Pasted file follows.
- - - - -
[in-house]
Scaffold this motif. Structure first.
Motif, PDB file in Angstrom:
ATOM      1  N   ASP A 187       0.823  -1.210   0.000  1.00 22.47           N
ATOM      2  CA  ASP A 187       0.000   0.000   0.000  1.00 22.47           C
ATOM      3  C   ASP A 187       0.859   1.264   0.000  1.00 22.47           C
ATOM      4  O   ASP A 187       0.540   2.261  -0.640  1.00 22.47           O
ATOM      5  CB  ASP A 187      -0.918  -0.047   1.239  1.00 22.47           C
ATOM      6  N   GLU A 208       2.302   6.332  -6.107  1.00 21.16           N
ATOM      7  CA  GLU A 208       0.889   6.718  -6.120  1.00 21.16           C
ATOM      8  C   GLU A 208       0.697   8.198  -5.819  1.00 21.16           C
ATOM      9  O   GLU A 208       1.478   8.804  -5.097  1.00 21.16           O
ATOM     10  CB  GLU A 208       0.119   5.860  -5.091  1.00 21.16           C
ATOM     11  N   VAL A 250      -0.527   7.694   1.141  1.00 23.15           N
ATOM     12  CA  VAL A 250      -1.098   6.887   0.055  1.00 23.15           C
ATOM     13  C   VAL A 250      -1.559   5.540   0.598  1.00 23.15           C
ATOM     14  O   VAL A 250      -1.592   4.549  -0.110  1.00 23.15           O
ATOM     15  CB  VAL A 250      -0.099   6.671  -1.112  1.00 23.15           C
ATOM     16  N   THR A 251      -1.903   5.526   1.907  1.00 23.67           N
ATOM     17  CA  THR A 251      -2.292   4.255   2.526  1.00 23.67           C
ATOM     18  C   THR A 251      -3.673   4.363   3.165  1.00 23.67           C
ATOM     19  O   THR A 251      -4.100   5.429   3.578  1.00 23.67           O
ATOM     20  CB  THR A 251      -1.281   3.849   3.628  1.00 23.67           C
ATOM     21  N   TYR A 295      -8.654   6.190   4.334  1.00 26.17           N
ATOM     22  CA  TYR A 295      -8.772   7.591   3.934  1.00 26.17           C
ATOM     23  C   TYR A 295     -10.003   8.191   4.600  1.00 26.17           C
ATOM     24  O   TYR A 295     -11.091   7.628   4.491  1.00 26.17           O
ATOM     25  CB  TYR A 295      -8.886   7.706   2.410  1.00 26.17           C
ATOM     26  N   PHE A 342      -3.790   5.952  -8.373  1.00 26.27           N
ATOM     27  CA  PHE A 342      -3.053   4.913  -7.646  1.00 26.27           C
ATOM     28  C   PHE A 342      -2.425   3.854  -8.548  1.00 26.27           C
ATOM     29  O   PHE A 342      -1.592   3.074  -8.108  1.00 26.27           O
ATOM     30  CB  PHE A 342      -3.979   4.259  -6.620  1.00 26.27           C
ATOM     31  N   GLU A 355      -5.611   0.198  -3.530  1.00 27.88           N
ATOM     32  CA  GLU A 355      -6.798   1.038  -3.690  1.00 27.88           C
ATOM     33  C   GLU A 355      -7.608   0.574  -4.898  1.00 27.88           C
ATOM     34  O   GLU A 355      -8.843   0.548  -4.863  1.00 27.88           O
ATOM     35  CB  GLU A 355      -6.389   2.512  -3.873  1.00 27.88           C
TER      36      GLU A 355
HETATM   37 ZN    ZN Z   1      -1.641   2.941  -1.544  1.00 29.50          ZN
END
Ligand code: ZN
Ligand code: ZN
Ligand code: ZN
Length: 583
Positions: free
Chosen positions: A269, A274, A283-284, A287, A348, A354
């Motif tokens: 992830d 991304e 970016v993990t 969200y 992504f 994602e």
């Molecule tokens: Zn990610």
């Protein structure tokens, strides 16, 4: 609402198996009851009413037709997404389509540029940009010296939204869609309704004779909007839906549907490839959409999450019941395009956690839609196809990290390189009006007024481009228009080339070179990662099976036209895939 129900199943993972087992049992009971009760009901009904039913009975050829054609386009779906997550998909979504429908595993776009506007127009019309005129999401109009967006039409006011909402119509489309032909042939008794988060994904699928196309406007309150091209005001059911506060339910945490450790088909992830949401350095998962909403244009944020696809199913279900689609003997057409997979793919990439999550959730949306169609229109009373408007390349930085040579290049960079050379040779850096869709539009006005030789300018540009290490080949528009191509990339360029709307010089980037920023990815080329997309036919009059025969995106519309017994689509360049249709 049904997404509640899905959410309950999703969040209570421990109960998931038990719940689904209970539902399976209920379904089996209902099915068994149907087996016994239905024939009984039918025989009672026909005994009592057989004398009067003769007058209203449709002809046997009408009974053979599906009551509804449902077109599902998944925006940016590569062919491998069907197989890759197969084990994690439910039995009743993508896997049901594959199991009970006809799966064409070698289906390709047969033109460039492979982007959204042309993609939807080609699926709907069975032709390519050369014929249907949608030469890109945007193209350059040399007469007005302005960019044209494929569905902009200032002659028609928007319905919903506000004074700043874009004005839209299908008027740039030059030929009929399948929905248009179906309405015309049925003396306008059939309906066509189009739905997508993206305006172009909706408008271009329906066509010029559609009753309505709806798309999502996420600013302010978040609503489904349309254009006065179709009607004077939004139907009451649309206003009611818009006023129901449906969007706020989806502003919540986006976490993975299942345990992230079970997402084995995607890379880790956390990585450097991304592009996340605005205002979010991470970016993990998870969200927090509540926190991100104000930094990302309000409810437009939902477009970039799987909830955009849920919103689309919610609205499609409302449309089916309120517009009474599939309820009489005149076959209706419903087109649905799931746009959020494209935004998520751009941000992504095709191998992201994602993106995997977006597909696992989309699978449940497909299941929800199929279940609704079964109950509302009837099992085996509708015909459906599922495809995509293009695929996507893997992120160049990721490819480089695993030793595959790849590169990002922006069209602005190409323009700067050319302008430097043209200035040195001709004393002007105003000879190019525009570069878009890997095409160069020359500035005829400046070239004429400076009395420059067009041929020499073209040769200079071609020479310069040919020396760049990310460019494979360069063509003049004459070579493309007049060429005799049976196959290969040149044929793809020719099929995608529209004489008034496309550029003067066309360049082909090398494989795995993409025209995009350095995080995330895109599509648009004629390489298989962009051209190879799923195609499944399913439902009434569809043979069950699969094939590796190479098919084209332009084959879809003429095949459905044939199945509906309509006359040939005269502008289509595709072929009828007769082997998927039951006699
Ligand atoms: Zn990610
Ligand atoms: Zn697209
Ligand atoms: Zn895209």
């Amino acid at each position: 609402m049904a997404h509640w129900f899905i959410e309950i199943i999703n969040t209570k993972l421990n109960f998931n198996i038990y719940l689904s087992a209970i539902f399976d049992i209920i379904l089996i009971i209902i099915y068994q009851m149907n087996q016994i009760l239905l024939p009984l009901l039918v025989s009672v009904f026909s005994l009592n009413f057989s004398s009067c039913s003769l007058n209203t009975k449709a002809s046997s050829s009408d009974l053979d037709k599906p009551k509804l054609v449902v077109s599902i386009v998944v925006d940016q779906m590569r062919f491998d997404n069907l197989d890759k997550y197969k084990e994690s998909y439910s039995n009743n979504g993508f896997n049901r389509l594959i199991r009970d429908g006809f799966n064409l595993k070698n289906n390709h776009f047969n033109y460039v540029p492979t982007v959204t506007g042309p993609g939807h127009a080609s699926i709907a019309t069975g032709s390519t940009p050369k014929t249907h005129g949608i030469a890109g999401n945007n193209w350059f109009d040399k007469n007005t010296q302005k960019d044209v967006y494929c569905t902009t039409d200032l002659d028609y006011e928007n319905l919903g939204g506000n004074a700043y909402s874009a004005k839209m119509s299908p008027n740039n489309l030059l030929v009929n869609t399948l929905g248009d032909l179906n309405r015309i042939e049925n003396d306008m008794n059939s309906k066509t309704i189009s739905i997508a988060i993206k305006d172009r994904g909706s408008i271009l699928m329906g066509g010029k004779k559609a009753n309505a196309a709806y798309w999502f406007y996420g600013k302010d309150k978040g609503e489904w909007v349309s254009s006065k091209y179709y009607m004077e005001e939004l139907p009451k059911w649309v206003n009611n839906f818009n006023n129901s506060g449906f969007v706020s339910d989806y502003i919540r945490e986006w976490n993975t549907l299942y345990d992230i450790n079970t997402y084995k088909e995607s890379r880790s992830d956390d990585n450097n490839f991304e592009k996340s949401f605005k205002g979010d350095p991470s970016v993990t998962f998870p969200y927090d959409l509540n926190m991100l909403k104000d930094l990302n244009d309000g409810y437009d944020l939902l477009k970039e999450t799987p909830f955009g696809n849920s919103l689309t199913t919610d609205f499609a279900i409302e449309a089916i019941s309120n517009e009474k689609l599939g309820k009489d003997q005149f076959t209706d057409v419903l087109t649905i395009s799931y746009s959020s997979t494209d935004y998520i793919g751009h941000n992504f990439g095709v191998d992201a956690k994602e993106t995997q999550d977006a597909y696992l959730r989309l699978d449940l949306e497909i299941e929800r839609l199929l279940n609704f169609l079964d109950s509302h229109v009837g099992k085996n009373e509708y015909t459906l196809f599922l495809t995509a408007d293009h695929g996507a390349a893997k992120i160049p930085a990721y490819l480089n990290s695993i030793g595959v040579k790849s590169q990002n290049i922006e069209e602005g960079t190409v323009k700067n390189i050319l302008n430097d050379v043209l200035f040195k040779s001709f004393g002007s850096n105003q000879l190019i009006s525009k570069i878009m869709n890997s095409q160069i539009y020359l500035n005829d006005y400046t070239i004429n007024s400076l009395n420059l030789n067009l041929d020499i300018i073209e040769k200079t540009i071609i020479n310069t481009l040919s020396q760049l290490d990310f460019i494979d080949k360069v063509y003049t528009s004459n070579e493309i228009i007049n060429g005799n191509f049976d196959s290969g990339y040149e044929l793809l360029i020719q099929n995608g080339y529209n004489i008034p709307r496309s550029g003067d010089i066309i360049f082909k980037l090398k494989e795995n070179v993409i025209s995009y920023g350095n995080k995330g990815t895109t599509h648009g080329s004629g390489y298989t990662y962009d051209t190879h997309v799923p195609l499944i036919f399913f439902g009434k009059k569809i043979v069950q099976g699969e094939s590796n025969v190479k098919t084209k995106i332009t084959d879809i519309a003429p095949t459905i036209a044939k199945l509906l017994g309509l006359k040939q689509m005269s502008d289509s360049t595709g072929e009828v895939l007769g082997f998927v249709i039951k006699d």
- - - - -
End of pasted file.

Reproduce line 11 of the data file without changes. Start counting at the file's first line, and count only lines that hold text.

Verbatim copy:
ATOM      8  C   GLU A 208       0.697   8.198  -5.819  1.00 21.16           C